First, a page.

Sunday, May 16, 2010

ND Education as "On Par" via Ingram (ND NCNM 2006) - No, I think Not

here, I cite from a recent article by ND Ingram at Citizen-Times.com which states that ND education is comparable to MD/DO and post-graduate doctoral-level science education, and who demands full disclosure from nonAANP ND competitors while himself not transparently communicating naturopathy's true, science-ejected, sectarian nature and context [see 001., below]; I then visit the web pages of the Ingrams and the NCANP [see 002., 003. below]; their alma mater NCNM and their licensing board OBNM [see 004., below]; and then I muse [see 005., below]:

001. Ingram, G. (ND NCNM 2006) [and Ingram, M. (ND NCNM)] state in "Naturopathic Doctors Convene on Capitol Hill" (2010-05-11) [vsc 2010-05-14]:

"local naturopathic doctors Glenn and Marty Ingram joined with 170 other doctors, students and supporters of naturopathic medicine [...] to lobby for the inclusion of naturopathic physicians in federal health care initiatives [their FLI...is an] event organized by the American Association of Naturopathic Physicians (AANP) [...] naturopathic doctors are licensed as primary care physicians [...] their schools and degree, by Department of Education standards, are on par with those of an MD or DO [...e.g.] doctorate-level education including supervised clinical training [...] graduates of accredited 4-year post-graduate programs who pass national board exams [...] naturopathic physicians [...] bring valuable expertise [...they] facilitate the inherent ability of the human body to maintain and restore optimal health [coded vitalism...it] focuses on correcting the root cause of illness [coded vitalism...] the North Carolina Association of Naturopathic Physicians (NCANP) has been working diligently for licensure over the last decade [...] the public is entitled to full disclosure about the education and training of practitioners to whom they entrust their health [...these NDs] practice at Through the Woods Natural Health in Pisgah Forest (www.throughwoods.com)."

Note: so, we're promised that the ND education is doctoral and typical for physicianship per "on par," that the naturopathic is valuable, and -- here's where my irony meter goes off the dial -- though the vitalistic / actual science-ejected sectarian underpinnings of naturopathy are coded here by these AANP NDs, we're to believe that AANP naturopathy is all about transparency per a demanded "full disclosure."   And, the NDs get to promote themselves through the article without an ounce of criticism / counterpoint.  This article is an advertisement disguised as journalism just as naturopathy is a sectarian belief system disguised as scientific.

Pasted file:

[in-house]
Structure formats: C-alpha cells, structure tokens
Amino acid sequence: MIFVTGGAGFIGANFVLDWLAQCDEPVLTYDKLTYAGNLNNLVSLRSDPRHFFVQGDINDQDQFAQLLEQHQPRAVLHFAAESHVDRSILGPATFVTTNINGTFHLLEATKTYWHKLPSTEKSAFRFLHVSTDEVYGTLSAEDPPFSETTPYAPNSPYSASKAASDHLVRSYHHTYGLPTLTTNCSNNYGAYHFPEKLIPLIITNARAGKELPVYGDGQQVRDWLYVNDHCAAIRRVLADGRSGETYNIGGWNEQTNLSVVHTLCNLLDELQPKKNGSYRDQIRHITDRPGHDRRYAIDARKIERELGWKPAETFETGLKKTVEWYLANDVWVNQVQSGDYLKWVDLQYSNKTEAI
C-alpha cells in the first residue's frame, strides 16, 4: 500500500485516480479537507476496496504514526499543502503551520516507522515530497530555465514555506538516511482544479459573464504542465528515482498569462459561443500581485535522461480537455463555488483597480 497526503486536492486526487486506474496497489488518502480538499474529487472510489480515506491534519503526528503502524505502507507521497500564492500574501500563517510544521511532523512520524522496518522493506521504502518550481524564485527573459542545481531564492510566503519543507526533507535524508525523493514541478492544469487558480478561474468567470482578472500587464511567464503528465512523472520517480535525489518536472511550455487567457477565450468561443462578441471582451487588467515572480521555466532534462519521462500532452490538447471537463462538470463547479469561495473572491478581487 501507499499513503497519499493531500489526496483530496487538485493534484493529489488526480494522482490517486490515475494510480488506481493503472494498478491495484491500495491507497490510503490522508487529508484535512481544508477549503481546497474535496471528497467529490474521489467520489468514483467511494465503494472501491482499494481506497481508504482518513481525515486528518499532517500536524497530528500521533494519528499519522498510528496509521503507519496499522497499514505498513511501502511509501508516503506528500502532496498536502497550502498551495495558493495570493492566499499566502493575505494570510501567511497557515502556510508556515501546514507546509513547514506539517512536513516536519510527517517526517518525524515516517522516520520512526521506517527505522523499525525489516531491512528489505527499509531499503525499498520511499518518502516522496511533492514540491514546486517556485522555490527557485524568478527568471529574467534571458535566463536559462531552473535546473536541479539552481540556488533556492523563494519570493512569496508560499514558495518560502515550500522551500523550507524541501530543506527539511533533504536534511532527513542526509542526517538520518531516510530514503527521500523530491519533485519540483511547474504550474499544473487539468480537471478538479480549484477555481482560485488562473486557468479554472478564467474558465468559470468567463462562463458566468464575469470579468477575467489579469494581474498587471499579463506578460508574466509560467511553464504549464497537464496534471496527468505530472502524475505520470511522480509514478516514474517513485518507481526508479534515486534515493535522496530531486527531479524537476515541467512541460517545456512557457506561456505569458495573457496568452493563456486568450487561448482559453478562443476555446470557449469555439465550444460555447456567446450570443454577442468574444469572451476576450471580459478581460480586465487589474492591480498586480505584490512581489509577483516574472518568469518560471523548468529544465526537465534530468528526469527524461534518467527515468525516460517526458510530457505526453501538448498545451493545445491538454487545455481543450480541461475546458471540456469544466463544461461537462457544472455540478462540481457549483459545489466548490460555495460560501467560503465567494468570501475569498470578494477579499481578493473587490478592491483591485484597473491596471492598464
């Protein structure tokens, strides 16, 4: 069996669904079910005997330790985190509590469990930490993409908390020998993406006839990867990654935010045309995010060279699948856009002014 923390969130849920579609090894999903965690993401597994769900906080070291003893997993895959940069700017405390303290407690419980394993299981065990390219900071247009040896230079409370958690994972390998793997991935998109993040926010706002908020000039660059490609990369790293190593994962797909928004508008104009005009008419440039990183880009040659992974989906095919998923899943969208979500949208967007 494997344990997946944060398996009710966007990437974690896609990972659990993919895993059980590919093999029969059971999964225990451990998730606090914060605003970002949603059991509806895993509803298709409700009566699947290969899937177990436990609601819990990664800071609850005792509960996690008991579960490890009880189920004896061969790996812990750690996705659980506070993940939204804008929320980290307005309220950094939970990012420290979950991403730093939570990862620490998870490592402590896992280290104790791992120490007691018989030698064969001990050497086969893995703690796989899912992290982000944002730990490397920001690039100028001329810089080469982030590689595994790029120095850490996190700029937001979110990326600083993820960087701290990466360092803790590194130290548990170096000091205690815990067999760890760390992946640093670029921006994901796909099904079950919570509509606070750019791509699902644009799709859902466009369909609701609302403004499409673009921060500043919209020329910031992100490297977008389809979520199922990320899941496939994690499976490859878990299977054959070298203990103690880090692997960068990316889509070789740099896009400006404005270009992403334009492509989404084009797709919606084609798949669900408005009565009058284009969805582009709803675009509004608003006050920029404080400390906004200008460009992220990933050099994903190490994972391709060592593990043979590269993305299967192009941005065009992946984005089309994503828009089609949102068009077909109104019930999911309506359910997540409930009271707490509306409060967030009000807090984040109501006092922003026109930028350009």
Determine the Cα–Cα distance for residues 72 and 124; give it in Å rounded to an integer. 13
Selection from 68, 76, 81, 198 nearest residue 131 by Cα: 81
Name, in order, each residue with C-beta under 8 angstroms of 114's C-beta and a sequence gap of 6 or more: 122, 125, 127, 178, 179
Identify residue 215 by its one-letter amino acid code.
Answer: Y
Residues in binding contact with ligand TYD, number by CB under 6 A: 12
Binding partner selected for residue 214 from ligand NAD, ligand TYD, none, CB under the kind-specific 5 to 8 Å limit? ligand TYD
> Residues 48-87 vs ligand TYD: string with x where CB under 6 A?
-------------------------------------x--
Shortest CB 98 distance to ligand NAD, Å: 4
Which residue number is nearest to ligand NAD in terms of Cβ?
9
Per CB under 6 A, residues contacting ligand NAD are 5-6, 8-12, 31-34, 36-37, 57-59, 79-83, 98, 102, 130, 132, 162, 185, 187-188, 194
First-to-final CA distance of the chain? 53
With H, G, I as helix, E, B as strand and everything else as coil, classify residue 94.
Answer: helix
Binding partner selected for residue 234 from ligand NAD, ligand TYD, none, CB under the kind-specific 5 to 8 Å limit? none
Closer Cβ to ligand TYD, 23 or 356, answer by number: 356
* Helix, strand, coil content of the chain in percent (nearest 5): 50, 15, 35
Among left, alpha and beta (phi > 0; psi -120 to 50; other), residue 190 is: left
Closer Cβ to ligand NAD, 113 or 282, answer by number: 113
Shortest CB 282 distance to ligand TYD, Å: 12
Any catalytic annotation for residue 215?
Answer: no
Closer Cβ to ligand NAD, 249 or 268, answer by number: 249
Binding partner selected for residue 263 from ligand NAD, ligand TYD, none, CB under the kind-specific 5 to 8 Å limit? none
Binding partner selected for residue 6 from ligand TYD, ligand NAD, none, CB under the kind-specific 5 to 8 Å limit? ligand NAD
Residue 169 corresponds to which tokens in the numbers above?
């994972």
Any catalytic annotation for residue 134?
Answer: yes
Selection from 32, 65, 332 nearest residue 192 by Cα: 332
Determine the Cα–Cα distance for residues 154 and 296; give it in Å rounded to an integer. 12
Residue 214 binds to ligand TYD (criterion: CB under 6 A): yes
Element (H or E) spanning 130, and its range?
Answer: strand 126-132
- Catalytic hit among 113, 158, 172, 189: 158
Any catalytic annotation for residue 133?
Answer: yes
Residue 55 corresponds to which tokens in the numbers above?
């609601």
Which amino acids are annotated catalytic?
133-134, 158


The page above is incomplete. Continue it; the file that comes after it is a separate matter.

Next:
002. the Ingrams, at their practice homepage page [vsc 2010-05-14], state:

"the overall mission of Through the Woods Natural Health is to improve the health of individuals, the community, and the world at large [how noble...] we educate people so they can take control of their own healthcare [...] naturopathic medicine is a distinct system of medicine that uses lifestyle changes and natural therapies to stimulate the body’s own healing process [coded vitalism / contextual opacity...per] the underlying cause of your symptoms [...] principles: [#1] the healing power of nature (vis medicatrix naturae): naturopathic medicine recognizes an inherent self-healing process in the person which is ordered and intelligent. Naturopathic physicians act to identify and remove obstacles to healing and recovery, and to facilitate and augment this inherent self-healing process [coded vitalism...#2, we] acknowledge, respect, and work with the individual’s self-healing process [coded vitalism...#4] naturopathic physician encourage individuals to pursue their personal spiritual development [some kind of New-Agey supernaturalism...] naturopathic doctors complete four years of post-graduate education at an accredited naturopathic medical school. Naturopathic doctors are trained in conventional medical sciences, diagnosis, and treatment [science claim] in addition to nutrition, botanical medicine, homeopathy, hydrotherapy, and physical medicine [...] licensure will help the public differentiate between different practitioners so they may make an informed decision for their health care needs. Both Dr. Glenn and Dr. Marty hold licenses to practice as naturopathic physicians in the state of Oregon [...] the first visit is spent getting to know each other, introducing naturopathic philosophy [...] we use homeopathic remedies [...] homeopathy is just one tool that a naturopathic doctor may use. A specific homeopathic remedy is chosen for you based on your symptoms, personality, and overall patterns of dis-ease.  A homeopathic remedy helps you respond to stress in a more efficient way."

Note: so, a distinct system based upon opacity. Again, my irony meter is in danger of exploding.  If naturopathy cared about the consumer, per "informed decision," I think it would actually transparently communicate its context.  I'll talk about the NCNM philosophy below.  And obviously naturopathy loves homeopathy, homeopathy, homeopathy.

003. the mentioned NCANP's states at its pages:

003.a. 'homepage' [vsc 2010-05-16]:

"naturopathic medicine is a primary health care profession [...] the naturopathic perspective views each person as a whole [coded supernaturalism] and recognizes the healing force within each individual. Natural therapies are used to support and stimulate that vital healing force [coded vitalism...] naturopathic therapies include clinical nutrition, botanical medicine, homeopathy, hydrotherapy, physical medicine and lifestyle counseling."